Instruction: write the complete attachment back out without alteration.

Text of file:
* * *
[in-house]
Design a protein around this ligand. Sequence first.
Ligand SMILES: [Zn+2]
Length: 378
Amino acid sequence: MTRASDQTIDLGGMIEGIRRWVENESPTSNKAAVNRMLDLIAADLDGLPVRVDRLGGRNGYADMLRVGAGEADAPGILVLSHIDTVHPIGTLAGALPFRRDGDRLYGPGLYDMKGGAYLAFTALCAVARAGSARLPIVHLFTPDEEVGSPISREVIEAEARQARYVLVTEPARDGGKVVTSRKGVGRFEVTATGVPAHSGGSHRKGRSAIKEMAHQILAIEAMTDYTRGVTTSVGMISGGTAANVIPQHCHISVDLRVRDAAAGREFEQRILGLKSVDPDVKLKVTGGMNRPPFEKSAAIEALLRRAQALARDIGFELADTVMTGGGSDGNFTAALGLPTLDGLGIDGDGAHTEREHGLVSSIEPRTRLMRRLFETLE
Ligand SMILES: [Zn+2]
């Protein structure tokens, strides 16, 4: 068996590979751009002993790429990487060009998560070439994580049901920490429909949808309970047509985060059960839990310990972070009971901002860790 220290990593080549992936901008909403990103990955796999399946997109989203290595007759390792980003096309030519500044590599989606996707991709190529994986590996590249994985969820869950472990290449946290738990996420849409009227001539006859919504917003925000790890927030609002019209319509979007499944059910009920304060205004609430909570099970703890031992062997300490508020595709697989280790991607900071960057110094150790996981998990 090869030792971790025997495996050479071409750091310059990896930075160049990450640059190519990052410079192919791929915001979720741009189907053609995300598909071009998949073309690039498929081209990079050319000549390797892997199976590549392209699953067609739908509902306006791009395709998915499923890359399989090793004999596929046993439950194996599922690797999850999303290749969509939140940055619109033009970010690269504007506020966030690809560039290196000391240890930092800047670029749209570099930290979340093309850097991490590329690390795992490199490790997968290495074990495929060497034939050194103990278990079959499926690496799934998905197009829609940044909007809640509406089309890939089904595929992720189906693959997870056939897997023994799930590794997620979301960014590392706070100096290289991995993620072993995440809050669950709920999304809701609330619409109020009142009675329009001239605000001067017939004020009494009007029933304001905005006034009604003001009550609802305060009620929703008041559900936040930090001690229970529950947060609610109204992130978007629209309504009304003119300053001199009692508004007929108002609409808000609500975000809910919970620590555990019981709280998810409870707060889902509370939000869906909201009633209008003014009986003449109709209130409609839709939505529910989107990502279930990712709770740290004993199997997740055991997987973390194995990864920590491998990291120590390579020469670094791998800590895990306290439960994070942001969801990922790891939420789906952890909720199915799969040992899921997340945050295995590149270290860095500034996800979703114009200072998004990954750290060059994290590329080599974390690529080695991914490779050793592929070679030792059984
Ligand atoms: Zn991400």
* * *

[in-house]
Design a protein around this ligand. Sequence first.
Ligand SMILES: [Zn+2]
Length: 378
Amino acid sequence: MTRASDQTIDLGGMIEGIRRWVENESPTSNKAAVNRMLDLIAADLDGLPVRVDRLGGRNGYADMLRVGAGEADAPGILVLSHIDTVHPIGTLAGALPFRRDGDRLYGPGLYDMKGGAYLAFTALCAVARAGSARLPIVHLFTPDEEVGSPISREVIEAEARQARYVLVTEPARDGGKVVTSRKGVGRFEVTATGVPAHSGGSHRKGRSAIKEMAHQILAIEAMTDYTRGVTTSVGMISGGTAANVIPQHCHISVDLRVRDAAAGREFEQRILGLKSVDPDVKLKVTGGMNRPPFEKSAAIEALLRRAQALARDIGFELADTVMTGGGSDGNFTAALGLPTLDGLGIDGDGAHTEREHGLVSSIEPRTRLMRRLFETLE
Ligand SMILES: [Zn+2]
């Protein structure tokens, strides 16, 4: 068996590979751009002993790429990487060009998560070439994580049901920490429909949808309970047509985060059960839990310990972070009971901002860790 220290990593080549992936901008909403990103990955796999399946997109989203290595007759390792980003096309030519500044590599989606996707991709190529994986590996590249994985969820869950472990290449946290738990996420849409009227001539006859919504917003925000790890927030609002019209319509979007499944059910009920304060205004609430909570099970703890031992062997300490508020595709697989280790991607900071960057110094150790996981998990 090869030792971790025997495996050479071409750091310059990896930075160049990450640059190519990052410079192919791929915001979720741009189907053609995300598909071009998949073309690039498929081209990079050319000549390797892997199976590549392209699953067609739908509902306006791009395709998915499923890359399989090793004999596929046993439950194996599922690797999850999303290749969509939140940055619109033009970010690269504007506020966030690809560039290196000391240890930092800047670029749209570099930290979340093309850097991490590329690390795992490199490790997968290495074990495929060497034939050194103990278990079959499926690496799934998905197009829609940044909007809640509406089309890939089904595929992720189906693959997870056939897997023994799930590794997620979301960014590392706070100096290289991995993620072993995440809050669950709920999304809701609330619409109020009142009675329009001239605000001067017939004020009494009007029933304001905005006034009604003001009550609802305060009620929703008041559900936040930090001690229970529950947060609610109204992130978007629209309504009304003119300053001199009692508004007929108002609409808000609500975000809910919970620590555990019981709280998810409870707060889902509370939000869906909201009633209008003014009986003449109709209130409609839709939505529910989107990502279930990712709770740290004993199997997740055991997987973390194995990864920590491998990291120590390579020469670094791998800590895990306290439960994070942001969801990922790891939420789906952890909720199915799969040992899921997340945050295995590149270290860095500034996800979703114009200072998004990954750290060059994290590329080599974390690529080695991914490779050793592929070679030792059984
Ligand atoms: Zn991400």